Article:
MAX Function In Excel
In this Article
This Excel Tutorial demonstrates how to use the Excel MAX Function in Excel to calculate the largest number, with formula examples.
MAX Function Description:
The MAX Function Calculates the largest number.
Syntax and Arguments:
The Syntax for the MAX Formula is:
Function Arguments ( Inputs ):
array – An array of numbers.
The MIN Function returns the smallest number in a series.
MAX Examples in VBA
You can also access the Excel MAX Function from within VBA, using Application.WorksheetFunction.
Application.WorksheetFunction.Max(1, 1.23, 3, 21 + 9.43)
The statement above will return 30.43 as the max value (21 + 9.43 = 30.43)
MAX can also accept a range (or Named Range) as a parameter as shown in the VBA code below
Dim Max_Value As Double
Max_Value = Application.WorksheetFunction.Max(Range("A1:A10"))
In addition, MAX can accept the name of a table like the one shown above, as a parameter:
Dim Max_Value As Double
Max_Value = Application.WorksheetFunction.Max(Range("Table1"))
MAX ignores non-numeric values, so the result of the code above is 80.
Return to the List of all Functions in Excel
How to use the MAX Function in Excel:
To use the AND Excel Worksheet Function, type the following into a cell:
After entering it in the cell, notice how the AND formula inputs appear below the cell:
You will need to enter these inputs into the function. The function inputs are covered in more detail in the next section. However, if you ever need more help with the function, after typing “=MAX(” into a cell, without leaving the cell, use the shortcut CTRL + A (A for Arguments) to open the “Insert Function Dialog Box” for detailed instructions:
For more information about the MAX Formula visit the
How To Use The MAX Function
The MAX Function returns the largest value from a set of data.
Here let’s use the MAX Function to find the highest GDP in the world:
Empty Cells or Cells With Text
The MAX Function ignores cells that are empty or that contain non-numeric values.
Since Excel stores date as serial numbers, we can use the MAX Function to find the maximum date.
VLOOKUP & MAX
In our above example, we used the MAX Function to determine the highest GDP in the world. After finding the MAX GDP, we can use the VLOOKUP Function to find the country with the highest GDP:
=VLOOKUP(MAX(A2:A9), A2:B9, 2, FALSE)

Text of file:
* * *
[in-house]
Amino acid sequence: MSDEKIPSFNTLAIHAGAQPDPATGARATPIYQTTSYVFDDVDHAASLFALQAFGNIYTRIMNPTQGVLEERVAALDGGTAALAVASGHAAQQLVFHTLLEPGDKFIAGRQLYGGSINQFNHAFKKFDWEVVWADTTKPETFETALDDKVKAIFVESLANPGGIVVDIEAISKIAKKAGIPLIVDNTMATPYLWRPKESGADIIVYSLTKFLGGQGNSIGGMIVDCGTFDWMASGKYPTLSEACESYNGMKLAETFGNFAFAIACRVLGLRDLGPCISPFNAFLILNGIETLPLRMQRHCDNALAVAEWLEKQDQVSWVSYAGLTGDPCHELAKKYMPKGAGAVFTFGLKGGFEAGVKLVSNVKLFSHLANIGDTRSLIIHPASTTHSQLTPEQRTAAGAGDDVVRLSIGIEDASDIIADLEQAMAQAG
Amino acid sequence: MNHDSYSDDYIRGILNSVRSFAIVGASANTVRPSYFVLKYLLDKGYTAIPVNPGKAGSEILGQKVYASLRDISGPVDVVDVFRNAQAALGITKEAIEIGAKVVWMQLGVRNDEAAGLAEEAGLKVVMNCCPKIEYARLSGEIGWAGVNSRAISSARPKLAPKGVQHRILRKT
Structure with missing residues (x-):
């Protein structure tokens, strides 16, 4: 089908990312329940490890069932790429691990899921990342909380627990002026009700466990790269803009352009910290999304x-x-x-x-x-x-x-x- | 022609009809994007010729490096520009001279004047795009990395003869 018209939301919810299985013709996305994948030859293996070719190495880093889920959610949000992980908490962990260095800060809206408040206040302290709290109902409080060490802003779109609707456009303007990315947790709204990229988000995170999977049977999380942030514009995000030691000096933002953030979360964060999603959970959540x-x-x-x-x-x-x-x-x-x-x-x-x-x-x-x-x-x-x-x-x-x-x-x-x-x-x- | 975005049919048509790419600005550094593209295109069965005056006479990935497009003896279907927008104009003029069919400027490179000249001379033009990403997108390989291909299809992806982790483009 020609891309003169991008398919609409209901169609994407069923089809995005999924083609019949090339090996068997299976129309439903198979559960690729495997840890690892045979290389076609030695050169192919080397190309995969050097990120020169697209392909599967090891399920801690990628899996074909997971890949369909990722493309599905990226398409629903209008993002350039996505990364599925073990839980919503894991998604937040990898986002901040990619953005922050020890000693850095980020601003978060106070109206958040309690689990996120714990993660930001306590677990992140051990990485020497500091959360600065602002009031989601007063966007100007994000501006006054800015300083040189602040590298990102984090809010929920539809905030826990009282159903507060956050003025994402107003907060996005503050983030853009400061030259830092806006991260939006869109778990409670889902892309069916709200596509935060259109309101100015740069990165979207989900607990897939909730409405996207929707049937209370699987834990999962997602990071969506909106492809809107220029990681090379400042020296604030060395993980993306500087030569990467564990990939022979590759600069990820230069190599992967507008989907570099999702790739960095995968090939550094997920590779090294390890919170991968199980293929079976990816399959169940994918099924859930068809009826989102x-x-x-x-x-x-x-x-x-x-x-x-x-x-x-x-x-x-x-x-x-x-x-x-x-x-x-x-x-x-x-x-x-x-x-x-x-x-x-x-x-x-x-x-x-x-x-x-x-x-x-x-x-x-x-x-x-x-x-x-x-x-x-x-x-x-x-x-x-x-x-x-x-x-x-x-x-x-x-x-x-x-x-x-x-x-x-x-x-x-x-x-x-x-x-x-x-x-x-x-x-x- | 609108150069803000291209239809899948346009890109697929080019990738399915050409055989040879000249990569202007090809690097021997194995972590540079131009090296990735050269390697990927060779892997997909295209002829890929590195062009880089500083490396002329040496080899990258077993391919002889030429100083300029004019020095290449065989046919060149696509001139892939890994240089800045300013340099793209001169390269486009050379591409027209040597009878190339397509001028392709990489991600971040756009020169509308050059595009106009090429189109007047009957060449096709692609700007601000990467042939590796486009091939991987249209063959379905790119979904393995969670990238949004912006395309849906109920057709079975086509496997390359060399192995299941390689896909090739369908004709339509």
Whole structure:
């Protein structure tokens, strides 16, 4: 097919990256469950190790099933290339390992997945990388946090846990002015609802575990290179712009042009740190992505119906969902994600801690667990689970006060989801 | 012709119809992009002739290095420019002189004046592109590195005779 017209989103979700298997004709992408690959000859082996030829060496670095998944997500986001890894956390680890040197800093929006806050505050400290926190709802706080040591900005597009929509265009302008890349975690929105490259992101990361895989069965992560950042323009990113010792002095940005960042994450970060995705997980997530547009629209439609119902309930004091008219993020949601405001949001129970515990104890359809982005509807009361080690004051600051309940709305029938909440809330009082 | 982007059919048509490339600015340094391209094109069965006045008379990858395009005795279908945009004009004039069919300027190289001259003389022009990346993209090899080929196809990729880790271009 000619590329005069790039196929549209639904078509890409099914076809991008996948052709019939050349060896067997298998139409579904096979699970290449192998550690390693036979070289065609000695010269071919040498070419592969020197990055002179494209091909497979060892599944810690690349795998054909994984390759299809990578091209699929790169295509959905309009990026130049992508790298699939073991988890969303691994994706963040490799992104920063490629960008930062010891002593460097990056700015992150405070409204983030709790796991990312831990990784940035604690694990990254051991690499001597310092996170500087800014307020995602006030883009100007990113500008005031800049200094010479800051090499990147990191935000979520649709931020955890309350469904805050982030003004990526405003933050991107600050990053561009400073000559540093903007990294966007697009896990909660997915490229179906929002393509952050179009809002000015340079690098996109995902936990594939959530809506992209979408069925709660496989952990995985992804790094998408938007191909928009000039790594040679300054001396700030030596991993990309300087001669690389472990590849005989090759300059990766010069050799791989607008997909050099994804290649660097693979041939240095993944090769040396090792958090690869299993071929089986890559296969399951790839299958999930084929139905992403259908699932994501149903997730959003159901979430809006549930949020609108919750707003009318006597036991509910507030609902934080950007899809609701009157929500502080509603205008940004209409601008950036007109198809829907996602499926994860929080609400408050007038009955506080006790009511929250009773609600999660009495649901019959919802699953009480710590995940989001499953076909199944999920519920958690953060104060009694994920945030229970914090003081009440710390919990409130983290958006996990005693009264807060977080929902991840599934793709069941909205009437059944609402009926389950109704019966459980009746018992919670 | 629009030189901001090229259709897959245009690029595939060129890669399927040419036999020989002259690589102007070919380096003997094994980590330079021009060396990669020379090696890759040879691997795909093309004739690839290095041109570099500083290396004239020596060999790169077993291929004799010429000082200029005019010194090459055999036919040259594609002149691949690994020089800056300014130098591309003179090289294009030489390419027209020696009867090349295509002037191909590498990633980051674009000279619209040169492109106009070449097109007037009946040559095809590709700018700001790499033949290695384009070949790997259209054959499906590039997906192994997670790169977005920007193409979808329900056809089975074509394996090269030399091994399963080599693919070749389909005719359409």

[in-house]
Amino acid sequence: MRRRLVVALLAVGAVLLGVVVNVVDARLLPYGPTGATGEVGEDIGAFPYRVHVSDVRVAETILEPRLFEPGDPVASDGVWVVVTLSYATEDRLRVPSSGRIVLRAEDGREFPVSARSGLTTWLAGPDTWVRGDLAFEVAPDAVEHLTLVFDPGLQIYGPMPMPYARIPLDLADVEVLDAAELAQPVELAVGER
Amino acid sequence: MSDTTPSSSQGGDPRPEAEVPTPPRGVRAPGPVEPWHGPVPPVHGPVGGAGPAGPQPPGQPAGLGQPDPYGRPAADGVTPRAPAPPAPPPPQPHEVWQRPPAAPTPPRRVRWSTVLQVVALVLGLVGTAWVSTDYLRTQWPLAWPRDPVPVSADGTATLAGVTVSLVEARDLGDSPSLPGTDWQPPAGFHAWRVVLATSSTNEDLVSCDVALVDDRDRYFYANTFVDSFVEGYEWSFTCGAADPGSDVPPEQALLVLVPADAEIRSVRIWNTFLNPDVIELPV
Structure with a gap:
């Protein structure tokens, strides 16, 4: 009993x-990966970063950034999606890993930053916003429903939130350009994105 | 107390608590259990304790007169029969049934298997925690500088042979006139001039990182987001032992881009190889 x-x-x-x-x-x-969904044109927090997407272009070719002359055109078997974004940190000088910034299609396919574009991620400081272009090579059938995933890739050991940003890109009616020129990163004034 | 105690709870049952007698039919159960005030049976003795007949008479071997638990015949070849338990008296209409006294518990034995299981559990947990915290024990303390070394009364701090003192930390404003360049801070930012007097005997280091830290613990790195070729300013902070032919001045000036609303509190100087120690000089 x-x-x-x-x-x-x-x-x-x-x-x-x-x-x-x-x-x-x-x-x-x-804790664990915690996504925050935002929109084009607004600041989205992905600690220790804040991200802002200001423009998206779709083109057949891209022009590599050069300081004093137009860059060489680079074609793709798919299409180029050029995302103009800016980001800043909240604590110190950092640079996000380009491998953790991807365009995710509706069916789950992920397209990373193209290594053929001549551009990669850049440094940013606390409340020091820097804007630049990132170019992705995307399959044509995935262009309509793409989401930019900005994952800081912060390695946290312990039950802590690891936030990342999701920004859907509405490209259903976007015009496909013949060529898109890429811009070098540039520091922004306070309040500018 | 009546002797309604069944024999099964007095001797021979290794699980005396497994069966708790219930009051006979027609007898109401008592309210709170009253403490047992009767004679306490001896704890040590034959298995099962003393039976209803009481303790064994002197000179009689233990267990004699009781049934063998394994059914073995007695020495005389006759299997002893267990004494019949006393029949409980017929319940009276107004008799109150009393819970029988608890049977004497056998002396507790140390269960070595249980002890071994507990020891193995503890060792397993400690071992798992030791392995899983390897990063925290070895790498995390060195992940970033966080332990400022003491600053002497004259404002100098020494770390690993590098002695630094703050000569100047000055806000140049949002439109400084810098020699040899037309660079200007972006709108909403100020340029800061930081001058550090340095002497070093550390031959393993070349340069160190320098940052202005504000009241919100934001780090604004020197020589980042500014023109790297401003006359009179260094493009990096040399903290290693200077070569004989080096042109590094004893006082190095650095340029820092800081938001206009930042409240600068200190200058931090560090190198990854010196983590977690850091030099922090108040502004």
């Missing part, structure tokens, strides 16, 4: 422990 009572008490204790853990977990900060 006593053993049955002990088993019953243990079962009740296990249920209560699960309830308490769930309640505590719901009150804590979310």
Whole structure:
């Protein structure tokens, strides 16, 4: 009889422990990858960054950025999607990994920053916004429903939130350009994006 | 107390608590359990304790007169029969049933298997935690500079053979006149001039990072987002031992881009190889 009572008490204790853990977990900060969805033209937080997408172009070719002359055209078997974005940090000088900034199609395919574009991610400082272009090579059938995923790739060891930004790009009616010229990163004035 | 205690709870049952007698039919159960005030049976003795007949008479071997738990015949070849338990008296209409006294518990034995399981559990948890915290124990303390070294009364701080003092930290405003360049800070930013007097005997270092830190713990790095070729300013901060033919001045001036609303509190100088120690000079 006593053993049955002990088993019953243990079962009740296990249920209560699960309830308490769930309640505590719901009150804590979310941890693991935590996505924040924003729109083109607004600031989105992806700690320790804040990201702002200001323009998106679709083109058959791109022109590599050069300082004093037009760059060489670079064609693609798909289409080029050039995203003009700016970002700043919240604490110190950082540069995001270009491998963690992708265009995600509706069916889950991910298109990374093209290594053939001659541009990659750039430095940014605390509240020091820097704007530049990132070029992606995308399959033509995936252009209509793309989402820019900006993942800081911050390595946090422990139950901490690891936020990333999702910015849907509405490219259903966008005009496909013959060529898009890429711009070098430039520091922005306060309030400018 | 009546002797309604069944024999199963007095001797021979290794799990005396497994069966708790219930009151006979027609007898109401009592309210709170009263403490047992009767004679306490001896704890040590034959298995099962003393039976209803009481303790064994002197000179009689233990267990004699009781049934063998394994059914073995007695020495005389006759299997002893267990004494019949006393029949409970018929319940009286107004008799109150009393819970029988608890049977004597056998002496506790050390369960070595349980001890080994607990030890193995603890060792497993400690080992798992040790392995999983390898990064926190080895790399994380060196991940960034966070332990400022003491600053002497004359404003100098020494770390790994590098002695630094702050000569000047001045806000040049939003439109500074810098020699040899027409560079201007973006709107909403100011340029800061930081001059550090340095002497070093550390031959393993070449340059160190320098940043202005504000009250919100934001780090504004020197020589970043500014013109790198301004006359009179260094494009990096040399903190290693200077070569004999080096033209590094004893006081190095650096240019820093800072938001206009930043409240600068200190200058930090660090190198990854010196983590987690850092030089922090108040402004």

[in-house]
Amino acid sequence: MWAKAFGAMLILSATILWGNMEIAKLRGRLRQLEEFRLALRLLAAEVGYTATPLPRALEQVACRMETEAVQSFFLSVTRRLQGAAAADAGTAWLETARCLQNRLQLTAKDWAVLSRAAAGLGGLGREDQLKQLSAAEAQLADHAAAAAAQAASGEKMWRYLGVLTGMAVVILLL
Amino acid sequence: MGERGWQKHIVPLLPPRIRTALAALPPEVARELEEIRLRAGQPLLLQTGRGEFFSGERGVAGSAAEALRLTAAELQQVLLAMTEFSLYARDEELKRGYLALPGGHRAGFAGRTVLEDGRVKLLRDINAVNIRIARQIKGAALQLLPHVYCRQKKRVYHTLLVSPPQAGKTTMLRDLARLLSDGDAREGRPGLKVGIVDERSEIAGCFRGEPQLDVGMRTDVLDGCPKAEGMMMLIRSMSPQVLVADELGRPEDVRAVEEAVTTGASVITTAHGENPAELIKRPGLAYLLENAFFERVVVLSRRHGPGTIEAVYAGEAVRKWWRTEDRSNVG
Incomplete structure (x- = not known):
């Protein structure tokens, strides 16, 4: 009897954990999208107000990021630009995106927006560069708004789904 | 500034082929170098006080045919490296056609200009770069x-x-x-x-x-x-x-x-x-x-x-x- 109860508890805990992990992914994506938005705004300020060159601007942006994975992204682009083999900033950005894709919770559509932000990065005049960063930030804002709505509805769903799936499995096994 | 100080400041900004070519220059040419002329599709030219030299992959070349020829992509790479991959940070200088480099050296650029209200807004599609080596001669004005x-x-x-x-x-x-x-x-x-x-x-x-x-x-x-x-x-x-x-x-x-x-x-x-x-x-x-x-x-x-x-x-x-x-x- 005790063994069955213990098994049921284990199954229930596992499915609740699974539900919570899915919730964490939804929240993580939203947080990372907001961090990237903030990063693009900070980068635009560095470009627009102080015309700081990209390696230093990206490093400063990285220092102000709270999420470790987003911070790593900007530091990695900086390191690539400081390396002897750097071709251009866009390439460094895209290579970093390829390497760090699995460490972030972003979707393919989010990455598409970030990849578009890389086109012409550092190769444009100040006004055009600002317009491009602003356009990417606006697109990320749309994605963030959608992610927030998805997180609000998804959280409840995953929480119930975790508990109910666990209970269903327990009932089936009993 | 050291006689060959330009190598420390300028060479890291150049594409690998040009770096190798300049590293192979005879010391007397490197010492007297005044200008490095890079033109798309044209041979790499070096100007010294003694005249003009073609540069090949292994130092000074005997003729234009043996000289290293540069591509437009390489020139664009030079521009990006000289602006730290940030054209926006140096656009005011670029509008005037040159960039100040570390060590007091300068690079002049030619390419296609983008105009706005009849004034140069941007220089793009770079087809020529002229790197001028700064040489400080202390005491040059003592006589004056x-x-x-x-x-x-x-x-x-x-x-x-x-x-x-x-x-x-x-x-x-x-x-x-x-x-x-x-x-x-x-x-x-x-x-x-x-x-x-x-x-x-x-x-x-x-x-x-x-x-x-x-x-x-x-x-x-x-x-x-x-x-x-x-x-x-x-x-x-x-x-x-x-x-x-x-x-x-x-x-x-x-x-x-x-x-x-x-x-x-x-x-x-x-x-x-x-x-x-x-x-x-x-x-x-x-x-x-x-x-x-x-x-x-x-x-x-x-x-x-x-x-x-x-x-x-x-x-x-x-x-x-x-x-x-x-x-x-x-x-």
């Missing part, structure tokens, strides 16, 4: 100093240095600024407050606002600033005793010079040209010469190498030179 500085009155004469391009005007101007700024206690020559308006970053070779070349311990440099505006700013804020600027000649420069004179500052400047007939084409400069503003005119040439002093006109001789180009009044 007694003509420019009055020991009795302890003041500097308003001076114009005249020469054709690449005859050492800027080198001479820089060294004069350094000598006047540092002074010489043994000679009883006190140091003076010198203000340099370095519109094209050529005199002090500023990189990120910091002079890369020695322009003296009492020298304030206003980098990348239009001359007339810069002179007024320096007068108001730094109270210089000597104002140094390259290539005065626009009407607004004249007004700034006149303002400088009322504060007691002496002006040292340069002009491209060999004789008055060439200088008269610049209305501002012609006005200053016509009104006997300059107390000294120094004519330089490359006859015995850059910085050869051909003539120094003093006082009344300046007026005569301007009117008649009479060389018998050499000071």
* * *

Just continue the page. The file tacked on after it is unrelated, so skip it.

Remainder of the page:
The above function calculates the highest GDP by using the MAX Function. The VLOOKUP Function searches for the highest GDP and returns the information from the second column (as indicated by “2” in our formula) of the search range (A2:B9).
Note: The item we are looking for (GDP) must be in the first column when using the VLOOKUP Function.
MAXIFS Function returns the maximum value from a data range based on one or more criteria. From our GDP example, suppose we want to find the highest GDP of an Asian country. Use the formula:
=MAXIFS($C$2:$C$11, $B$2:$B$11, E3)
The function narrows down its data range by applying the conditions we provided. It looks for Asia in B2:B11, thus creating a subset from the original data range. The maximum value is then calculated from this subset of data.
To learn more about how the MAXIFS Function works, read our tutorial on MAXIFS and MINIFS.
Note: MAXIFS Function is only available in Excel 2019 or Excel 365. If you have an older Excel version, you can use Array Function to make your own MAX IF.
If you are using older Excel versions, you can combine IF Function with MAX Function using an Array Function. Taking the same example as above, use the formula:
Note: When building array functions, you must press CTRL + SHIFT + ENTER instead of just ENTER after creating your formula.
You’ll notice how the curly brackets appear. You can not just manually type in the curly brackets; you must use CTRL + SHIFT + ENTER.
The formula creates a subset of GDP by using the search criteria. The IF Function searches for “Asia” in B2:B11 and returns the corresponding values from C2:C11 to the MAX Function. Thus, calculating the highest GDP in Asia only.
Note: The above formula uses absolute references (the $ signs) to lock cell references when copying formulas. If you aren’t familiar with this, please read our Excel References Guide